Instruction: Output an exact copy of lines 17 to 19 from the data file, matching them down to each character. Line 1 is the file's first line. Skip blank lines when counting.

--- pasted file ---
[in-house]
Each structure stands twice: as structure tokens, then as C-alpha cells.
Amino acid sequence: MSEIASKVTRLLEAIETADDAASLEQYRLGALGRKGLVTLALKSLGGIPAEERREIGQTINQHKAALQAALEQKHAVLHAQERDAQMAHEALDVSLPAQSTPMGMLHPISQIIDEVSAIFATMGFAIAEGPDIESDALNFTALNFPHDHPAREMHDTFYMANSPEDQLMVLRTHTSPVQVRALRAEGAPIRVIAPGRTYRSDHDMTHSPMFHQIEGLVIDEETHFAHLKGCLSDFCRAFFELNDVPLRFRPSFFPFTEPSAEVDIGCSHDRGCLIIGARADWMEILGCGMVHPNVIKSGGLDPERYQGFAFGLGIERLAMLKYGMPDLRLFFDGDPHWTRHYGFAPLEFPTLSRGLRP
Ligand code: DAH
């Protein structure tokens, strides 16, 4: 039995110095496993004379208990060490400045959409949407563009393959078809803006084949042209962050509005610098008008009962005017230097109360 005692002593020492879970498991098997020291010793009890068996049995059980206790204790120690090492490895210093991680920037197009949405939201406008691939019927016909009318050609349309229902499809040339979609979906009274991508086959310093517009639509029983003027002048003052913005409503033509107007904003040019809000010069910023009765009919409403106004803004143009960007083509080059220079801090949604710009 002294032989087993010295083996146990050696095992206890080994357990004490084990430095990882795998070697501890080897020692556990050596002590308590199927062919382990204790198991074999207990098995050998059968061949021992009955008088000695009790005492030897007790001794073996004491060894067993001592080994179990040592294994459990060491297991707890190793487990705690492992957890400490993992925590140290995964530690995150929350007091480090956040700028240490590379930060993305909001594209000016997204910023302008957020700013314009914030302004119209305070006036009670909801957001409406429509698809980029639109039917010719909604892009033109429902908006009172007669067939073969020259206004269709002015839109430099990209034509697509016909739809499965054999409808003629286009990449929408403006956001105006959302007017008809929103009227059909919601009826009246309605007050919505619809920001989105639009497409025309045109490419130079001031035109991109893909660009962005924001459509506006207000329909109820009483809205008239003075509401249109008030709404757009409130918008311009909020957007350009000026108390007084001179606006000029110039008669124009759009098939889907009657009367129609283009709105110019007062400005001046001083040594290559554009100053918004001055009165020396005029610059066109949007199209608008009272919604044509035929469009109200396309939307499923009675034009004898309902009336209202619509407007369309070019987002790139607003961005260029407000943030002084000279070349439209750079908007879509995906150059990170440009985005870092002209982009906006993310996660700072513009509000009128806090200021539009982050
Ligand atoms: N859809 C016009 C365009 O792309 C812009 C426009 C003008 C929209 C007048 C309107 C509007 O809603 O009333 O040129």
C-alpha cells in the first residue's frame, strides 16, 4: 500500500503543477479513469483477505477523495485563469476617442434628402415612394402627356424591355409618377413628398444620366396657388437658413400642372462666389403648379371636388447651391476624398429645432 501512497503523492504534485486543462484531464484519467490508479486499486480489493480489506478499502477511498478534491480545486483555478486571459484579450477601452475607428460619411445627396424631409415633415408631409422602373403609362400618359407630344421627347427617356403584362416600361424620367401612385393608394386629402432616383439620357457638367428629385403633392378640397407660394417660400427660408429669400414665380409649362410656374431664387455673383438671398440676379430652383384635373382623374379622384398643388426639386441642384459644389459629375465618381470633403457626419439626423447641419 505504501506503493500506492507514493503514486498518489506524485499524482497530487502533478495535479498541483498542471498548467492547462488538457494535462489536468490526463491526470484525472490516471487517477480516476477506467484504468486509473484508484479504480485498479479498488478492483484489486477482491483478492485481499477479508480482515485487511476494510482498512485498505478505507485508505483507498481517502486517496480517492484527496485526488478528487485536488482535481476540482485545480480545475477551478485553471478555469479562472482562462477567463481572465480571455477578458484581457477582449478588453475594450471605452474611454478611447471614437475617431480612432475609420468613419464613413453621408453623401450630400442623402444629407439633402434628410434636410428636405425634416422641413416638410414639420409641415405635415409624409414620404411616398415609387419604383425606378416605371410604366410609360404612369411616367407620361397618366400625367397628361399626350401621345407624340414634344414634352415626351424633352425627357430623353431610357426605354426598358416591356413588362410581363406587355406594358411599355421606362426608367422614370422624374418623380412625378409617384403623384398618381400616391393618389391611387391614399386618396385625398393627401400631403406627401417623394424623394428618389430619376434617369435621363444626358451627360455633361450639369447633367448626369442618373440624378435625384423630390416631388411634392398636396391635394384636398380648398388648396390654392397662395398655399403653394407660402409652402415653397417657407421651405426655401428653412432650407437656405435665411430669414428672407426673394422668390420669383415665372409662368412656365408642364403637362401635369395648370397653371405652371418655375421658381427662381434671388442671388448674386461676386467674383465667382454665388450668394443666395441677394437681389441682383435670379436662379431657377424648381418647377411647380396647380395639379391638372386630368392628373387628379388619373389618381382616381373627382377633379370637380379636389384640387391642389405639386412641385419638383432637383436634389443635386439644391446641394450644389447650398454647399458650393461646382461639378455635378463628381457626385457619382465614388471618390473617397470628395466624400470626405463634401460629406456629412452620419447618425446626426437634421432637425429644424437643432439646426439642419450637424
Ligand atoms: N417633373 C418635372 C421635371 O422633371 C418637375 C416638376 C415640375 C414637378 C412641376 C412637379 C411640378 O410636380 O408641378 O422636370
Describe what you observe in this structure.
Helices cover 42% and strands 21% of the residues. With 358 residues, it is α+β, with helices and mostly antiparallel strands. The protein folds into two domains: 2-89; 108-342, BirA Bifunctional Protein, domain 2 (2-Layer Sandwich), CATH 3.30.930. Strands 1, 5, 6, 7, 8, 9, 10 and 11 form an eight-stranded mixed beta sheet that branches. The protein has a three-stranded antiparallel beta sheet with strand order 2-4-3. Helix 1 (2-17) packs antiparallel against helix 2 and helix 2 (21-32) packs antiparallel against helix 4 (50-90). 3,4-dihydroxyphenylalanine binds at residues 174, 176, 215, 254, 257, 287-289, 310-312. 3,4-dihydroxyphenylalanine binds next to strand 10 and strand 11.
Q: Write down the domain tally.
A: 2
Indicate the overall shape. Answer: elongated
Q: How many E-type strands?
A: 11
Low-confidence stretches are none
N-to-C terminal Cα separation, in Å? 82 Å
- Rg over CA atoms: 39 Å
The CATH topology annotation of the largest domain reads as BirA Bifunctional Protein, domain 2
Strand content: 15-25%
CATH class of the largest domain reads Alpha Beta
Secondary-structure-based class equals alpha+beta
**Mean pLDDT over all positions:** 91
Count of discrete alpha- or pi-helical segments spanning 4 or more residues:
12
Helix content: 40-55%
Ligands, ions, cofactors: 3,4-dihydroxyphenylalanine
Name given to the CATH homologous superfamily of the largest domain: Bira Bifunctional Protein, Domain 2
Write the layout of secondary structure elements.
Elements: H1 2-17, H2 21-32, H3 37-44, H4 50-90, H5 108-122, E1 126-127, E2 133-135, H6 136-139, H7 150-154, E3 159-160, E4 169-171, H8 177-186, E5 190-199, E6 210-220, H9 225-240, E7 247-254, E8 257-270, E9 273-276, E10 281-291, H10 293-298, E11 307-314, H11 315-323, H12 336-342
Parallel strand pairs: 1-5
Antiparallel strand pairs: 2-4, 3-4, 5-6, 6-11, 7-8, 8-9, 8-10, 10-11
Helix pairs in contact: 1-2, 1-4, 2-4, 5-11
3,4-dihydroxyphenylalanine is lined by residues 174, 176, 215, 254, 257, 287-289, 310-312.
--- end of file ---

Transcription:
N-to-C terminal Cα separation, in Å? 82 Å
- Rg over CA atoms: 39 Å
The CATH topology annotation of the largest domain reads as BirA Bifunctional Protein, domain 2